I mean, don’t get me wrong, I love gun-toting, ass-kicking girls in books and movies, but even with them there’s still so much drama. The Grand Sophy is practical, down to earth and smart. She’s beautiful by virtue of her personality, and not because she’s secretly a vixen once she takes off her glasses. I could (and have) read this book over and over. Here is the link to the Goodreads review, and here you can find it on Amazon.
Overall Rating: 5/5
Georgette Heyer is the author of this book, and I have never disliked any of her stories. Her characters are larger than life, funny, and relatable. She’s a skilled writer, who knows how to draw you into the world and the lives of her characters, and The Grand Sophy is no exception. It’s an easy read, and my ultimate favourite Georgette Heyer book. It’s almost my favourite book of all time, actually.
While this book is a period romance, it’s not a sappy bodice ripper. I’d give it a PG-13 rating, for minor references to ‘scandalous behaviour’. Le gasp! It’s light enough to count as a pleasant read, but done well enough that I wouldn’t count it completely as a ‘fluff piece’.
If you like Jane Austen’s books, you’ll probably enjoy this one, although I really can’t compare them since they each have their own place on the bookshelf. While Jane Austen explores human nature and examines the customs and society of her times. Georgette Heyer, on the other hand, writes mainly to entertain. Still, the romance is tame and the phaetons are plentiful, so if you enjoy one author, you’ll probably enjoy the other.
I’m not going to give any spoilers, but I will give the basic premise from Goodreads:
When the redoubtable Sir Horace Stanton-Lacy is ordered to South America on Diplomatic Business he parks his only daughter Sophy with his sister’s family, the Ombersleys, in Berkeley Square.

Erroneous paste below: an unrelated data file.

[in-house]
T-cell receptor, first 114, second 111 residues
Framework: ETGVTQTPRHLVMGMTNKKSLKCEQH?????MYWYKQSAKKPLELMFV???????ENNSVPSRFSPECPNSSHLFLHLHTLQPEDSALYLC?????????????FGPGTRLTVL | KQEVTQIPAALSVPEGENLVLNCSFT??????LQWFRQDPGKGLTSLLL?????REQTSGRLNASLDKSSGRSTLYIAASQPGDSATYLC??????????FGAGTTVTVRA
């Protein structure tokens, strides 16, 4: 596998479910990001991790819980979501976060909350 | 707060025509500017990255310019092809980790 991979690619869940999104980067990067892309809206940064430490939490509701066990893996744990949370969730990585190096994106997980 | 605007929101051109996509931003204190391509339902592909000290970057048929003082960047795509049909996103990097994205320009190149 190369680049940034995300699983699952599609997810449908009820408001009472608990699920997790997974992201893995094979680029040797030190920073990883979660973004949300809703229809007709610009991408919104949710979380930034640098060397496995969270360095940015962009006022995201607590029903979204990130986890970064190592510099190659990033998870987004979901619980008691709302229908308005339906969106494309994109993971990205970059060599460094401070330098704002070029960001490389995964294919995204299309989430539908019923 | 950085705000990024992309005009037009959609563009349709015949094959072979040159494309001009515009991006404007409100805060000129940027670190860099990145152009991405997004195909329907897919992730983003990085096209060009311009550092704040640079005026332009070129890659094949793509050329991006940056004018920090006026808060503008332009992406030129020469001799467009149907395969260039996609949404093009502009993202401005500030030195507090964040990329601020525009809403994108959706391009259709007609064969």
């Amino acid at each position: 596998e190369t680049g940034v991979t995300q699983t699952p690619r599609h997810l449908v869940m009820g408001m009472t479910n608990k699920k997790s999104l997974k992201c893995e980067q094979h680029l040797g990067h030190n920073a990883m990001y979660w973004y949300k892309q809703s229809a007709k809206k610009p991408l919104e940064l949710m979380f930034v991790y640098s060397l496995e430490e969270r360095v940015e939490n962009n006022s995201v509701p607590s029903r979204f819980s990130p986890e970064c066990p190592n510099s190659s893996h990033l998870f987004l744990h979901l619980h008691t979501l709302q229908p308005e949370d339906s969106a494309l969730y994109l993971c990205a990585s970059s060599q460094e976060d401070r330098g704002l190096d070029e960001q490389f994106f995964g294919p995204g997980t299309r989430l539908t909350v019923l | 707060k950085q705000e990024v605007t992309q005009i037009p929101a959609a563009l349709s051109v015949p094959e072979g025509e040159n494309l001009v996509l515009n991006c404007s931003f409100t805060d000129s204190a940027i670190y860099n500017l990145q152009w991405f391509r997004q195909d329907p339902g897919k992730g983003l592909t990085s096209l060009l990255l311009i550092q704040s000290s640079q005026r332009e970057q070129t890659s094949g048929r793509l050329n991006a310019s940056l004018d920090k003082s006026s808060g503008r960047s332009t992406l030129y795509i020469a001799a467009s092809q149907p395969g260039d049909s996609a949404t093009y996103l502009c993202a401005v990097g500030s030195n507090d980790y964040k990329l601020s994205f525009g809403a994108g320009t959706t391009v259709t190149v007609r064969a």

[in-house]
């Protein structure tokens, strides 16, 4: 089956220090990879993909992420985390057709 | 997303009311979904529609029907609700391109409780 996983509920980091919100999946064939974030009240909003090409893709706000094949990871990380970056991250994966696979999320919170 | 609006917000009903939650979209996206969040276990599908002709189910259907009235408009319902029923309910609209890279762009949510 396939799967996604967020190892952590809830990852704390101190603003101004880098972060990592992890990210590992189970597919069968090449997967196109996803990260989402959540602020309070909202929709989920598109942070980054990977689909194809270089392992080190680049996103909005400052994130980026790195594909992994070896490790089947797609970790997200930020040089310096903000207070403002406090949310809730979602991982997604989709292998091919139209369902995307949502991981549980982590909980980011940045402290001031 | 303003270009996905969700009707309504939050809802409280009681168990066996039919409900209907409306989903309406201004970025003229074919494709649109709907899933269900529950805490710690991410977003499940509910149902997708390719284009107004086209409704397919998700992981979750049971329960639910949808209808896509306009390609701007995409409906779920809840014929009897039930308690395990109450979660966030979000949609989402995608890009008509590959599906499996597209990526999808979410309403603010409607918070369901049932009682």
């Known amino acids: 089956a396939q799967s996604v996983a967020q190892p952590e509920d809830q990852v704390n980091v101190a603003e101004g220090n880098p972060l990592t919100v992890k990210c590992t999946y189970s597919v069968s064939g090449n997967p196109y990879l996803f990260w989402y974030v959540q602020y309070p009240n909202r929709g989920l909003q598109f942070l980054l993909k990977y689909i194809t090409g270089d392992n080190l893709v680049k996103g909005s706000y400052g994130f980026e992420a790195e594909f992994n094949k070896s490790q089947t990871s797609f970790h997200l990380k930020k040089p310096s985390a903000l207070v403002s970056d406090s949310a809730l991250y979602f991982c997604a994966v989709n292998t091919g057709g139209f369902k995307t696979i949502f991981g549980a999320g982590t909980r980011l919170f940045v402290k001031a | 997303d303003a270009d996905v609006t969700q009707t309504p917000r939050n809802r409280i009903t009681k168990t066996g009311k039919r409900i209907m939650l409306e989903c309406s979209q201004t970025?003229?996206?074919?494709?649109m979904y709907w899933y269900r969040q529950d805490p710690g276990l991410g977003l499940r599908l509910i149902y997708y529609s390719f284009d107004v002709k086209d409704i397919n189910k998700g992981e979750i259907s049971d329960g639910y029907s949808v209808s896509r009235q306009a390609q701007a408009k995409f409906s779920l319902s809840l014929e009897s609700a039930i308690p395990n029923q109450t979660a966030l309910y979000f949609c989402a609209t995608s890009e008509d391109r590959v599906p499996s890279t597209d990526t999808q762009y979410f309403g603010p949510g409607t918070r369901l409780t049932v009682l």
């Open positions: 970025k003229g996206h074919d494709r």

Upon her arrival, Sophy is bemused to see to see her cousins are in a sad tangle. The heartless and tyrannical Charles is betrothed to a pedantic bluestocking almost as tiresome as himself; Cecilia is besotted with a beautiful but quite feather-brained poet; and Hubert has fallen foul of a money-lender.
It looks like the Grand Sophy has arrived just in time to sort them out, but she hasn’t reckoned with Charles, the Ombersleys’ heir, who has only one thought – to marry her off and rid the family of her meddlesome ways.
There is no pining in this book. Well, a little bit, but not by the main character. Sophy herself is very practical and while she does have feelings, doesn’t feel the need to drip them all over everyone. Thumbs up from me! There’s actually not very much romance at all in this book. It’s there, but it’s very subtle, which I appreciated since I can’t stand the heart-wrending angst of a woman in wuuuuuuvvv! The whole ‘he just needs the right woman to fix him’ is enough to make my eyes roll right out of my head, so it was so refreshing to read a light regency where the romance took second place to the awesomeness of the heroine.
A friend who has read this book says she didn’t like it as much because she felt Sophy was annoying. She felt that Sophy just nosy and meddling, and disliked her as a character. I mean, I love it, so I think she’s just crazy (wink wink) but if you’ve had an unpleasant experience with meddlesome females in your life, this book might be not to your taste.
Well, if you have Kindle Unlimited, it’s free as an ebook, which you just can’t beat, or $11 if you don’t have Kindle Unlimited. If you want to order and actual physical copy, however, you can get it used for about $7 including shipping, or you could get a new softcover for $18 (which is a little bit steep in my opinion). Still, there are options to get a copy for under $10, both digital and physical, so I count that as decent, if not amazing.